Open innovation (leveraging people outside of an organization) has a long history of ocean-related use.  Crowd-solving has proven its ability to rapidly and cost-effectively move forward past previously-intractable problems of all sizes.  Here are some examples:

Keep reading to learn about specific crowd-solving examples.

CHALLENGES FROM 1714 TO NOW

1.  THE FIRST “BIG” OCEAN CHALLENGE:  1714 LONGITUDE ACT

Toward the end of the 17th century, Spain, the Netherlands, France and Britain were all unable to accurately determine a ship’s longitude at sea.  Each country offered vast prizes to stimulate innovation on the era’s crucial problem. 

 

Britain ultimately solved the problem as a result of a formal challenge-based innovation process put into place via the Longitude Act of 1714.  This act of Parliament clearly defined the objective, established intermediate milestones, specified prize money and created a judging capability, called the Board of Longitude. 

 

The Longitude Act offered a series of rewards, rather than a single prize.  The rewards increased in alignment with the accuracy achieved.  The Grand Prize exceeded US $1 million (in 2019 dollars). 

 

The initial Act was so successful that the same process was used for 114 years to solve a large number of other seafaring-related challenges.   For more details: click here.   

 

2.  2019 XPRIZE FOR AUTONOMOUS OCEAN EXPLORATION

The Shell Ocean Discovery XPRIZE for Advancements in Autonomous Ocean Exploration offered teams a grand prize of US $4 million to invent a way to map the entire global ocean floor in only 10 years, thereby improving on current technology that will require over 100 years to complete the task.  

 

This challenge took 3-1/2 years from launch to completion with a number of intermediate milestones and checkpoints.  Beyond the competing teams, it involved many judges and advisors to evaluate the different approaches and determine if any of the teams had developed a winning solution that qualified them for the prize money.  The Grand Prize was awarded on 31 May 2019.

 

“The incentive prize contest has existed for centuries. From the inception of the Longitude prize in 1714, through the Orteig prize that compelled Charles Lindbergh to fly across the Atlantic, prizes have ignited passions and brought about breakthroughs that no one thought possible.” (source)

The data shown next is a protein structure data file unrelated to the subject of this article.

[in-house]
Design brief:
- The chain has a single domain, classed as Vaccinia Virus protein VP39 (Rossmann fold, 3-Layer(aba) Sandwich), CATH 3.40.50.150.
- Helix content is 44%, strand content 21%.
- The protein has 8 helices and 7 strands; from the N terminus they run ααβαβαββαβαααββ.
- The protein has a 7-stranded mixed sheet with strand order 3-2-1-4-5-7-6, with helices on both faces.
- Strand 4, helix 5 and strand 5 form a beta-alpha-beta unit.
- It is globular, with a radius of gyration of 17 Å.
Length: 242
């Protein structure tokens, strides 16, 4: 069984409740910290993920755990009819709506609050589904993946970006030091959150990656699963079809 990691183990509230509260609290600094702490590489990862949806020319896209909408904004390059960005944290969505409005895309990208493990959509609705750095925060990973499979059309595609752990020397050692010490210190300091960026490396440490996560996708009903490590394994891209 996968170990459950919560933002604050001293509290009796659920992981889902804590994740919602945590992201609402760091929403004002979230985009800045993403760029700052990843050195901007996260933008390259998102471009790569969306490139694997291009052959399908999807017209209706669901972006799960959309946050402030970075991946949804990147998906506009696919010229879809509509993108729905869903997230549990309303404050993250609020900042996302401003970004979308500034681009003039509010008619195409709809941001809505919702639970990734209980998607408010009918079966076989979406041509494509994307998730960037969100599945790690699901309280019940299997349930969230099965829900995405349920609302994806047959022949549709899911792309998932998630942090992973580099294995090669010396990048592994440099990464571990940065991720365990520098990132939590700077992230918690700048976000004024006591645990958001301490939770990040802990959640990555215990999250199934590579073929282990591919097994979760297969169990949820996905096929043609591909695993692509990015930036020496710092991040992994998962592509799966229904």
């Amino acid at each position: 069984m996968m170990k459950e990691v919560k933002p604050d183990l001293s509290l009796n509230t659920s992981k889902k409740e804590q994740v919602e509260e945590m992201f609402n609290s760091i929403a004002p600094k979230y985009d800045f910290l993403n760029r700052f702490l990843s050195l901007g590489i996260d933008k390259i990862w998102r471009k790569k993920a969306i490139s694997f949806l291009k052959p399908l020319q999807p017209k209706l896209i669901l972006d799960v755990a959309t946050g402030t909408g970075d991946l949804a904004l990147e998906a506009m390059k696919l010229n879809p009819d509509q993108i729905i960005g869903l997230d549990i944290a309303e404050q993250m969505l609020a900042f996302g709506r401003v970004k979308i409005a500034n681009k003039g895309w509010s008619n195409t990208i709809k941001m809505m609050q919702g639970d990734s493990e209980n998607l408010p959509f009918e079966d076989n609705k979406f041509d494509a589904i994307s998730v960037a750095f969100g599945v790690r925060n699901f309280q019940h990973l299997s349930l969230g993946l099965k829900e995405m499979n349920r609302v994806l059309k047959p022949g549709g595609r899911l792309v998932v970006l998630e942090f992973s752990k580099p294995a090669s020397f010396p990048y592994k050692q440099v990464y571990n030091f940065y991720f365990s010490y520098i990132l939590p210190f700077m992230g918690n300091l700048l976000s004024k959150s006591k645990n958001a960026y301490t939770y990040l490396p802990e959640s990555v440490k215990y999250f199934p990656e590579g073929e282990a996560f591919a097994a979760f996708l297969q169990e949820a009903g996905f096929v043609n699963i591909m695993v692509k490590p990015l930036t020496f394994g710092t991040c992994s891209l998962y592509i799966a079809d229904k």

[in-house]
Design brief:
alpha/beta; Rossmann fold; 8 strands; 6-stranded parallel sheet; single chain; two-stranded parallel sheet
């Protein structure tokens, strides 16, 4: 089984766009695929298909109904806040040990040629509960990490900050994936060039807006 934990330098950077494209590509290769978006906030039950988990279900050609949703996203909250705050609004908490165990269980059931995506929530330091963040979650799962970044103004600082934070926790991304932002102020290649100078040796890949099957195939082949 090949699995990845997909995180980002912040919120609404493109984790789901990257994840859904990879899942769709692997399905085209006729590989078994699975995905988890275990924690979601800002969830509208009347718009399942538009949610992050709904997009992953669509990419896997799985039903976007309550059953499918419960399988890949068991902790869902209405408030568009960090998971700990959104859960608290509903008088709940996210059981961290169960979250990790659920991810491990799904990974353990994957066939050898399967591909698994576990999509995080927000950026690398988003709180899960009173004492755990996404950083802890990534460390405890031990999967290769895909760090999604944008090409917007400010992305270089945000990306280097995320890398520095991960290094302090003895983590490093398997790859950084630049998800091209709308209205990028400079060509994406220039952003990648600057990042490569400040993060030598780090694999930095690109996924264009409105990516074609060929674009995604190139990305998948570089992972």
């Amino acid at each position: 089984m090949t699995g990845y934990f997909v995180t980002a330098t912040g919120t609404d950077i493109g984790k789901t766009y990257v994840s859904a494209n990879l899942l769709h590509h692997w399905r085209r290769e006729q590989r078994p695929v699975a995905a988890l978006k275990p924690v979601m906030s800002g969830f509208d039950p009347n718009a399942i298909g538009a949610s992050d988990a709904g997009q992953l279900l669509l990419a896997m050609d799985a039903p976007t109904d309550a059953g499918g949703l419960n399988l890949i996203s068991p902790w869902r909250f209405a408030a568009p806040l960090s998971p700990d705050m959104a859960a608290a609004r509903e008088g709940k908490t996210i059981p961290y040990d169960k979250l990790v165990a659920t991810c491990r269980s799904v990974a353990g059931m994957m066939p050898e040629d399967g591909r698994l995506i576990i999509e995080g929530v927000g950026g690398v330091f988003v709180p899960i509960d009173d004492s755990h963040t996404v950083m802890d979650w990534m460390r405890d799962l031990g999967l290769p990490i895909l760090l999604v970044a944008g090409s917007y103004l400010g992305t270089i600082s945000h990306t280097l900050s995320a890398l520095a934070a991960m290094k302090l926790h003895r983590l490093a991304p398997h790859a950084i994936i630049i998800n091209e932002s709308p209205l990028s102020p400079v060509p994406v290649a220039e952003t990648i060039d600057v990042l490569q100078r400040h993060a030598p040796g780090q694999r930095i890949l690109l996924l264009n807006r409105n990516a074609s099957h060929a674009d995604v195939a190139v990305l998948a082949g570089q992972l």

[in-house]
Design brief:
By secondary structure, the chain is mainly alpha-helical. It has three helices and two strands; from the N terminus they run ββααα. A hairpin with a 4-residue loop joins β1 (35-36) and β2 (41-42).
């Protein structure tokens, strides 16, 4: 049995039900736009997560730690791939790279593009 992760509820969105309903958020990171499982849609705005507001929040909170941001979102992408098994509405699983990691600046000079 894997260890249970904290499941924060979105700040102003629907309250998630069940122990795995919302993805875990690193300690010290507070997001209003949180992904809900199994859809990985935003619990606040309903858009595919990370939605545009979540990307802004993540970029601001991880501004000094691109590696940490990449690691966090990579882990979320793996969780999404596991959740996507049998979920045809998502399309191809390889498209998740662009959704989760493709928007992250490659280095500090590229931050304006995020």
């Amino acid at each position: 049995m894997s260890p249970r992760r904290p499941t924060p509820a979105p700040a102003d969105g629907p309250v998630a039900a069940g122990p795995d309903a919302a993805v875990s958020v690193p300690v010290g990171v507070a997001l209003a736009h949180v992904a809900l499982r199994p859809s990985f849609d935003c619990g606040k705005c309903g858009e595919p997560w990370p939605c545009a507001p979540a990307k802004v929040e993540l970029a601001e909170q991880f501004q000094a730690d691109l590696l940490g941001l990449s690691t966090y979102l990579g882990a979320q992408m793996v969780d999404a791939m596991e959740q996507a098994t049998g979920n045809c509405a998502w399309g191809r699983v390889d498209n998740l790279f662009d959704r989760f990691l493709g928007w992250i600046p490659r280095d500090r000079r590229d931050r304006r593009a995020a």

3.  2019 NATIONAL GEOGRAPHIC CHALLENGE TO REDUCE OCEAN PLASTIC

The National Geographic Ocean Plastic Innovation Challenge is soliciting solutions on three tracks:  Design, Circular Economy and Data Visualization. For more details: click here

 

"A great idea can change everything!"

 

The goal is to develop novel solutions to tackle the world’s plastic waste crisis.Teams compete for aggregate prize purses of up to US $500,000, and qualified teams may have the opportunity to receive a minimum of US $1 million in equity investment.

 

This challenge is to take 10 months.  It began on 11 February 2019.  It is scheduled to announce winners on 9 December 2019.  It has 23 judges participating.

CHALLENGES FROM OUR PARTNER, INNOCENTIVE

Challenges are an excellent tool to quickly and cost-effectively eliminate project roadblocks and dramatically accelerate forward progress.  The examples below from our strategic partner, InnoCentive, demonstrate categories of possible benefit from crowd-solving.  They could easily be from the sea freight industry with only minor changes.

EXAMPLE 1

Strategic Objective: Accelerate R&D process

Problem Domain: Asset tracking

Seeker: Tech Company

Award: US $25,000

 

Overview:  Precyse Technologies needed longer battery life and greater transmission range for its asset tracking devices.  Their internal R&D efforts were moving too slowly and were likely to be too expensive to get to market.  They used crowd-solving to triple the range of their devices while concurrently extending battery life to well beyond 5 years.   

 

For more details:  click here.

EXAMPLE 2

Strategic Objective: Leverage solutions from other industries

Problem Domain: Ocean-spill cleanup

Seeker: Oil Spill Recovery Institute (OSRI/Exxon)

Award: US $20,000

 

Overview:  OSRI needed a way to clean up over 120,000 liters of oil from the Exxon Valdez spill.  A separation technique from the construction industry was applied to separate frozen oil from frozen water.  The crowd-solving process re-imagined an existing solution so it could solve a long-standing problem in an unrelated industry. 

  

For more details:  click here.

EXAMPLE 3

Strategic Objective: Better/safer operations

Problem Domain: Improving a predictive algorithm

Seeker: NASA

Award: US $30,000

 

Overview:  NASA used a challenge to achieve a dramatic improvement in their ability to predict solar flares.  The crowd-solving process generated a re-thinking of the problem that delivered a solution from the cell-phone industry.   

  

For more details:  click here.

 
 
 

CHALLENGES - ANNUAL

Another ocean-related model for using challenges to generate innovation is employed by oceanexchange.org, in Florida, USA.  They are “a 501c3 with the sole mission to help advance the adoption of solutions in the field of sustainability.”

 

They organize and host annual contests including the WW Orcelle Award, sponsored by Wallenius Wihelmsen.  Since 2013, this annual contest awards US$100,000 to “the solution that can make logistic operations more sustainable by advancing high-efficiency or zero-emission technologies that are commercially viable.” 

 

To see winners click here.

Need more details? Contact us.

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